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Rebranded Shaolin temples open today

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Today four temples in Kunming's Guandu district officially reopened under management by Shaolin Temple, the temple where kung fu is believed to have originated. The temples have been rebranded as "Guandu Shaolin Temples" according to a Shanghai Daily report.

Shaolin Temple abbot Shi Yongxin (释永信) signed a trusteeship agreement last November with Kunming's Guandu district government to take over management of four ancient temples in Guandu: Miaozhan Temple (妙湛寺), Tuzhu Temple (土主庙), Fading Temple (法定寺), and Guanyin Temple (观音寺).

Under the agreement, Shaolin Temple will operate the temples for 20 years. At present there are 46 Shaolin monks in the Guandu temples, which are now free to the public. Admission had formerly been five yuan.

In exchange for taking over management duties at the four temples, Shaolin Temple will receive all profits generated by the temples via sales of religious paraphernalia, religious texts and any donations made by visitors. Shaolin would also get all the money generated by ticket sales should it reinstate entry fees.

Image: www.xiwuhui.com

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hmm I wonder if it is possible to study kungfu there.... or is it more a touristic place?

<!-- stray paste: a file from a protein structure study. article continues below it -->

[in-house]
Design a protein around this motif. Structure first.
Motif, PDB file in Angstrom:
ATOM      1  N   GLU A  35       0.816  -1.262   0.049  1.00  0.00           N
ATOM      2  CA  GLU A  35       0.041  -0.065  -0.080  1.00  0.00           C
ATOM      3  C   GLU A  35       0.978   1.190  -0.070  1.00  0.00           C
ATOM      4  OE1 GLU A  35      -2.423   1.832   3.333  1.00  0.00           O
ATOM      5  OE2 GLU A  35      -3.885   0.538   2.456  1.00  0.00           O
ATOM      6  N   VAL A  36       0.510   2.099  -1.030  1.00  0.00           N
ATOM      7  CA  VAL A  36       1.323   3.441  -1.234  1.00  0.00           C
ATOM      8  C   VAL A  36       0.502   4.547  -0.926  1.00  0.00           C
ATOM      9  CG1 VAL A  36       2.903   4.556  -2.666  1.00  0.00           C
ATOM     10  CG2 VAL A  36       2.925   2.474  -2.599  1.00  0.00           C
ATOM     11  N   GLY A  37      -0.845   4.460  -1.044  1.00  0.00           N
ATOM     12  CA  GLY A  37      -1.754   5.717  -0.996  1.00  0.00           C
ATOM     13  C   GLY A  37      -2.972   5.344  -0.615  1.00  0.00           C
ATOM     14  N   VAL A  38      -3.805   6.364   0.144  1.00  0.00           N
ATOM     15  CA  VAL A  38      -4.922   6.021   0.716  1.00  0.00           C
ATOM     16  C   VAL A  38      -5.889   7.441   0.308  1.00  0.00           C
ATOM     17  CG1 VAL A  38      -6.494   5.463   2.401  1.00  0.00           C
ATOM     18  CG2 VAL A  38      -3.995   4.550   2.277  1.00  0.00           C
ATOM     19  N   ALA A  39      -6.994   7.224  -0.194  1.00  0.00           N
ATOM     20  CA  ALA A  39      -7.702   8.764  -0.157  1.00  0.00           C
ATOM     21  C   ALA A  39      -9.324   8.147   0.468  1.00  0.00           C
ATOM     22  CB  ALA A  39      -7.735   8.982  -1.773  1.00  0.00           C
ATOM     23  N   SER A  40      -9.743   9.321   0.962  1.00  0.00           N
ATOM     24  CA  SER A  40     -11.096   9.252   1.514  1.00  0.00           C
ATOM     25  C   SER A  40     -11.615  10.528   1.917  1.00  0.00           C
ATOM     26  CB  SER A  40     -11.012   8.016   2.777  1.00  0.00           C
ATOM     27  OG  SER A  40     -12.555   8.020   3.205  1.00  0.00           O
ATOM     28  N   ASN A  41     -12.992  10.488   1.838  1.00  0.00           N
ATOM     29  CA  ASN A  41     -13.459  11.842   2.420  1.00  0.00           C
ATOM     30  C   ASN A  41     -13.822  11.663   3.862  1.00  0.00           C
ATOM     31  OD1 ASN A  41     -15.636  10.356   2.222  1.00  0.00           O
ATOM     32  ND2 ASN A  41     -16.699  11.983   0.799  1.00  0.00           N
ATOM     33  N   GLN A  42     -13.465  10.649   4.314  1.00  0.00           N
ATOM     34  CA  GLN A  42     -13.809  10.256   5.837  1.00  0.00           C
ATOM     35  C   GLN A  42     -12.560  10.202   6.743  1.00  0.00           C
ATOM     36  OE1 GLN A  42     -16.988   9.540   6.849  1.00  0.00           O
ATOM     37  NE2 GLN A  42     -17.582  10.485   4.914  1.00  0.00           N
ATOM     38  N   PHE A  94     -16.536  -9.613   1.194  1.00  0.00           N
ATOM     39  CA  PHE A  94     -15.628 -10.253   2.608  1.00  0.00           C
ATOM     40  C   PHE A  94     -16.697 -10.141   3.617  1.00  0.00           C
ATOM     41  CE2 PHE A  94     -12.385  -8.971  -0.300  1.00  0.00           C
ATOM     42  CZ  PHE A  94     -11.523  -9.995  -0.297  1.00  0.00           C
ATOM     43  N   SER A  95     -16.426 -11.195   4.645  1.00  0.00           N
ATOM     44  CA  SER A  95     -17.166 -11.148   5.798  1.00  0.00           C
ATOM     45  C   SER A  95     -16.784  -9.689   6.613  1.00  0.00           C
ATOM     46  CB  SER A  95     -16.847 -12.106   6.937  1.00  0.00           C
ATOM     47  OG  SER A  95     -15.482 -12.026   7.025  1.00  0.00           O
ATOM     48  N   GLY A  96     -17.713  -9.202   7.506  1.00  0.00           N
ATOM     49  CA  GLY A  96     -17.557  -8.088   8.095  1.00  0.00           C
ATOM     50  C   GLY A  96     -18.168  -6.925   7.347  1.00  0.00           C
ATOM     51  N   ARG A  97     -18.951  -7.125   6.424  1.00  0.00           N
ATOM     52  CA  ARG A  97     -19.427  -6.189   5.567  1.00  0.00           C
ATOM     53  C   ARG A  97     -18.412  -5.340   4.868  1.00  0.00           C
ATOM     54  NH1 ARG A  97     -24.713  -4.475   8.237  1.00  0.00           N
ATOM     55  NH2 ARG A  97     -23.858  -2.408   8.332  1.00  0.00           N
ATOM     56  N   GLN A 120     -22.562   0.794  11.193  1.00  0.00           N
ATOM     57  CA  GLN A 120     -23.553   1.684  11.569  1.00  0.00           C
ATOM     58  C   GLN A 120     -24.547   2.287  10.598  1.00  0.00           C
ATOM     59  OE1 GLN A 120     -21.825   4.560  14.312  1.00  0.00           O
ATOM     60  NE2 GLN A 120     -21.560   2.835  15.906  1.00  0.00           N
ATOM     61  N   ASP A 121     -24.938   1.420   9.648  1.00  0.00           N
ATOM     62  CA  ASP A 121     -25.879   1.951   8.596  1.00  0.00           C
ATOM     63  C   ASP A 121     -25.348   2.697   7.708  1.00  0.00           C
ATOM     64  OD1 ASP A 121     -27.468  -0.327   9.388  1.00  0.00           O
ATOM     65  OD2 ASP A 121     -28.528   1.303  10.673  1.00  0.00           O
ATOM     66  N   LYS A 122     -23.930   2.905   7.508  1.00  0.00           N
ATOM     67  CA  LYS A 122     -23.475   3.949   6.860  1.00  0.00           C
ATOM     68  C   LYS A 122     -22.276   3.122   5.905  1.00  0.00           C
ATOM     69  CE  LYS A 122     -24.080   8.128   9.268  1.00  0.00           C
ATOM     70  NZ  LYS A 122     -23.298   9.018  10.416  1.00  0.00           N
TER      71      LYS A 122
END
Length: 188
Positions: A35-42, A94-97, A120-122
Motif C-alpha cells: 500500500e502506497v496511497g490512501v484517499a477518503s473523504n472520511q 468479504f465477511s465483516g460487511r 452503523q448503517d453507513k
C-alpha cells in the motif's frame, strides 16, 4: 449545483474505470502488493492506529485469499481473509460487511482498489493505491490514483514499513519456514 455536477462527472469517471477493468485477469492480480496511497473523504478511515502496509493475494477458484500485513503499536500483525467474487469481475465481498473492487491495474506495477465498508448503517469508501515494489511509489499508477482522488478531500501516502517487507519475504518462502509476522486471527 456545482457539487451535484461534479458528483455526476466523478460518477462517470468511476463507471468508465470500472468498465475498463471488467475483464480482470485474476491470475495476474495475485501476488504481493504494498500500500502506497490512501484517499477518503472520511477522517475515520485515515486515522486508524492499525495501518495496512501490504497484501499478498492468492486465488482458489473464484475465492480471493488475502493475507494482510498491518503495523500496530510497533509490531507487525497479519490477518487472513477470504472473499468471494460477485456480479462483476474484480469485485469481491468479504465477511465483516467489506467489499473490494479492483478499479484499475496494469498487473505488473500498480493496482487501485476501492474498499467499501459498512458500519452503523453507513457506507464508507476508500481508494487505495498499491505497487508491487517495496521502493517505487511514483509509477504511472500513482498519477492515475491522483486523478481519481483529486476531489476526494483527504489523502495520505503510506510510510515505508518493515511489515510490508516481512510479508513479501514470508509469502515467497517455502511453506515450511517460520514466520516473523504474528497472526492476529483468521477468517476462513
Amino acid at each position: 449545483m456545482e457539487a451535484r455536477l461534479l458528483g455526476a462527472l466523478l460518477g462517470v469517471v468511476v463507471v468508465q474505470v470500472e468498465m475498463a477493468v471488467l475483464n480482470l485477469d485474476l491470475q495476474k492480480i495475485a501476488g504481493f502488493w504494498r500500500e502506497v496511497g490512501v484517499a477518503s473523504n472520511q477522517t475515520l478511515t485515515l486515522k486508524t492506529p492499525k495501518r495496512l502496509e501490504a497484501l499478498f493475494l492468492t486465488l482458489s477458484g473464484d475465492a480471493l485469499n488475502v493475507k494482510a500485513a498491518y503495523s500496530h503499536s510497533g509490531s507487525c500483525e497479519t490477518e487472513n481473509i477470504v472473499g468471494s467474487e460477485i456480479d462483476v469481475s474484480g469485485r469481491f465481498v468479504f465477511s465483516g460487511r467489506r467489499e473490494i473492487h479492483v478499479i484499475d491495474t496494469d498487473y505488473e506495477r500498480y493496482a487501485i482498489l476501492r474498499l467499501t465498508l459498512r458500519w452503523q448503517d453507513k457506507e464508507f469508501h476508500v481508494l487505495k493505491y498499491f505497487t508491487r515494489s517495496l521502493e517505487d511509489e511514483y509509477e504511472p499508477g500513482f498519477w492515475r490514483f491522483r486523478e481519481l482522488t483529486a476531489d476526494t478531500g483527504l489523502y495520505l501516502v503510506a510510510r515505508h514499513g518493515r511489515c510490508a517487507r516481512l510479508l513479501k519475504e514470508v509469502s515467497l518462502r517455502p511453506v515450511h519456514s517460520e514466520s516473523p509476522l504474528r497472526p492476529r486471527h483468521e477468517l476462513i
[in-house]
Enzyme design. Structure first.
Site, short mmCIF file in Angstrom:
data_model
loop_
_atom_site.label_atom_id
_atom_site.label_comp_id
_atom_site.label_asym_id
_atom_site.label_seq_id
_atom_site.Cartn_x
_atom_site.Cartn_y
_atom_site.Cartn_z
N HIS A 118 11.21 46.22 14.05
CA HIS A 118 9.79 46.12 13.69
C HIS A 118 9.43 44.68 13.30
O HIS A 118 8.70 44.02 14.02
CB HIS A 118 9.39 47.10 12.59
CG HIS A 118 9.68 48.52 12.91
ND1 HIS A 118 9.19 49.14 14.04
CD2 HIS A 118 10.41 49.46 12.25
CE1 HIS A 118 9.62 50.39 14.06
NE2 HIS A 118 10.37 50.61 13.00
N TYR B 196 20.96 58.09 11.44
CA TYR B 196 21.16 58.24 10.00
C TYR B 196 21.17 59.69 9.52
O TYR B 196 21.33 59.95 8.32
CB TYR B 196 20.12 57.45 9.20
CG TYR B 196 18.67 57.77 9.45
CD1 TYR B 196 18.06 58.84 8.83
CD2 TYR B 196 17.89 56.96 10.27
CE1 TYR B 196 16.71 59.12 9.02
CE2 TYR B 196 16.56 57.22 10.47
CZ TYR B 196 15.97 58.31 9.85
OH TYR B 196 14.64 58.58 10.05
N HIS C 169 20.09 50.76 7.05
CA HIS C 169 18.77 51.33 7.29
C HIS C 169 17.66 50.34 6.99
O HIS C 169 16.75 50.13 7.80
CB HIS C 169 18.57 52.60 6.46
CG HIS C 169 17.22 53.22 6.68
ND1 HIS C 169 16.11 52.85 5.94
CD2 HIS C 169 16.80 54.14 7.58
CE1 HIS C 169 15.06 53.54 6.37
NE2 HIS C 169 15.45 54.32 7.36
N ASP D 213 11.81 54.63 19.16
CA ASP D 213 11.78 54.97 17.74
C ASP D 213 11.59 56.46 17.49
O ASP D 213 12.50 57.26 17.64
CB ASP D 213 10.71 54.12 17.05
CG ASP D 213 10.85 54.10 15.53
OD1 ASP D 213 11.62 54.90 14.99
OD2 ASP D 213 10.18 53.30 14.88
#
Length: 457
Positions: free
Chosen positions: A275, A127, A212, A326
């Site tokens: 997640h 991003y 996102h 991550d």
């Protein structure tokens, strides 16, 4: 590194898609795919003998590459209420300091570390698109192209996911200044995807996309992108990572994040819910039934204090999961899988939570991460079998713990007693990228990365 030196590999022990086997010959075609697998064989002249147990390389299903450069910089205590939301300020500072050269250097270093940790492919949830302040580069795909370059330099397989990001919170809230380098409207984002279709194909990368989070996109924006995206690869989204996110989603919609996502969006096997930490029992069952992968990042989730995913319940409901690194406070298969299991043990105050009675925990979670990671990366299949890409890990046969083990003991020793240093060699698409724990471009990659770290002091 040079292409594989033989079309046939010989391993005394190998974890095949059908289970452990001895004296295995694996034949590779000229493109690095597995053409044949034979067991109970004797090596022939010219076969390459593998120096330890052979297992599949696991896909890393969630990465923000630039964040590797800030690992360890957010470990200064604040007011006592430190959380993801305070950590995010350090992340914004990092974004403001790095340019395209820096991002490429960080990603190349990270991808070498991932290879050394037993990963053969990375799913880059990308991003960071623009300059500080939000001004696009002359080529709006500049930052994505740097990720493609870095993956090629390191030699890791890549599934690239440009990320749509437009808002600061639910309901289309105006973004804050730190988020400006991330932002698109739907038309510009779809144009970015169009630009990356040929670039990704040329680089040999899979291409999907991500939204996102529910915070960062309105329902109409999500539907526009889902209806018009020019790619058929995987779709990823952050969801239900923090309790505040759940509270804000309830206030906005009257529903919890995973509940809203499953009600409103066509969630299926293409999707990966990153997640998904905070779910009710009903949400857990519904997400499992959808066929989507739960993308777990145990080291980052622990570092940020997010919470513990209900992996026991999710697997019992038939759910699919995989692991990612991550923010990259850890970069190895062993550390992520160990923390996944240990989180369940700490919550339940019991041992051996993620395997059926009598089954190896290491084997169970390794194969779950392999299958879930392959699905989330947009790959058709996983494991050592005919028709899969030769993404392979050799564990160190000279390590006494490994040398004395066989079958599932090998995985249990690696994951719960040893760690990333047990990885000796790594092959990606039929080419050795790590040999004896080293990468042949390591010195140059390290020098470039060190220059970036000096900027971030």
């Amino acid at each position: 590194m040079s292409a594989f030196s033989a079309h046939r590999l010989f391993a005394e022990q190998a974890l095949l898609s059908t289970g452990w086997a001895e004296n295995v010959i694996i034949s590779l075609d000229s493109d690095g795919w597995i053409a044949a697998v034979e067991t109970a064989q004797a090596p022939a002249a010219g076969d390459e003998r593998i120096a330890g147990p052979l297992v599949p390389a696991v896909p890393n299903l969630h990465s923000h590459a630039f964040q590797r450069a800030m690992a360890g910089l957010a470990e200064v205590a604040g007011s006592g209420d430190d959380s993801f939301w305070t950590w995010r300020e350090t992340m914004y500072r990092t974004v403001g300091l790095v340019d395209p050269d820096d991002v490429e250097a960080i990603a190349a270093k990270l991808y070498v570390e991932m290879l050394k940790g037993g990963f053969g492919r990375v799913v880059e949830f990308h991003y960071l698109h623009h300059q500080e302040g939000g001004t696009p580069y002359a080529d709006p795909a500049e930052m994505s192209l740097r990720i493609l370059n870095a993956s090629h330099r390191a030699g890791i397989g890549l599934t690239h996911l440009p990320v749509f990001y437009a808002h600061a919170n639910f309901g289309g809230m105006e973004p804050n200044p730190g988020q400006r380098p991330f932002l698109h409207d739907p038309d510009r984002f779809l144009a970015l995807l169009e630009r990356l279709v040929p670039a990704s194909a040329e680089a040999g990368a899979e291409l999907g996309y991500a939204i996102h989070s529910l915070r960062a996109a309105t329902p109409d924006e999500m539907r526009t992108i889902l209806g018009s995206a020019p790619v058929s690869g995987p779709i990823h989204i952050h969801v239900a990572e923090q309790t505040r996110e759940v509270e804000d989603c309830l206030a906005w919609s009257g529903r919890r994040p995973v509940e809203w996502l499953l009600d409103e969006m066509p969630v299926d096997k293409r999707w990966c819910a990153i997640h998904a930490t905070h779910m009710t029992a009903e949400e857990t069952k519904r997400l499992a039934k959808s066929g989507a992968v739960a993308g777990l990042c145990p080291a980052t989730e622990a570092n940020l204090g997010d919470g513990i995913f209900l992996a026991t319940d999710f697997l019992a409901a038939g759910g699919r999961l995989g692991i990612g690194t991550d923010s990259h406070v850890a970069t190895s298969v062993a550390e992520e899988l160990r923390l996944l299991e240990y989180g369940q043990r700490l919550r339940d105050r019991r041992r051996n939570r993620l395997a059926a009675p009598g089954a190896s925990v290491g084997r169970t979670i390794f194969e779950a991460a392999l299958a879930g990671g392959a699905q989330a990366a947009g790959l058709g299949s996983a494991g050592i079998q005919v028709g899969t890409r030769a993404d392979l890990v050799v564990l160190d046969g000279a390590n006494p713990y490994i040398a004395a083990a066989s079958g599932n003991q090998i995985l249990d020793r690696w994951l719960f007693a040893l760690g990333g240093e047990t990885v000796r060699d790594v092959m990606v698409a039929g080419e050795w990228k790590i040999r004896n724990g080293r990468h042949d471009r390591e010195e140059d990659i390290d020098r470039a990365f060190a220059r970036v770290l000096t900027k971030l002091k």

This isn't a rant. It is said with a little sadness.

This development is good for Kungfu, but perhaps not so good for Buddhism. Anyone who has visited the main Shaolin Temple will have experienced Kung Fu Incorporated. Including the Kung Fu cabaret, Cirque de Soleil rip off, blatant commercialism, and overpricing. The only thing missing are the harlots and moneychangers. Call me cynical, but many Chinese visitors I have spoken to are also saddened and disappointed (with a capital D) by the culture.

Many temples are now attracting money from many sources, and the need for commercialism is not as strong as it used to be. Those temples that have not already died, seem to be more stable than before, many are renovating.

Shaolin Temple, in the region of Songshan Mountain, Dengfeng City, Henan Province, is reputed to be 'the Number One Temple under Heaven'. Shaolin Temple history can date back to Northern Wei Dynasty (386 - 534), and it played an important role on the development of the Buddhism in China. Included on UNESCO's World Cultural & Natural Heritage List in 2010, it is the cradle of the Chinese Zen Buddhism and the Shaolin Martial Arts such as Shaolin Cudgel.


As the center of Chan Buddhism, the Shaolin Temple attracted many emperors' attention in China's history.


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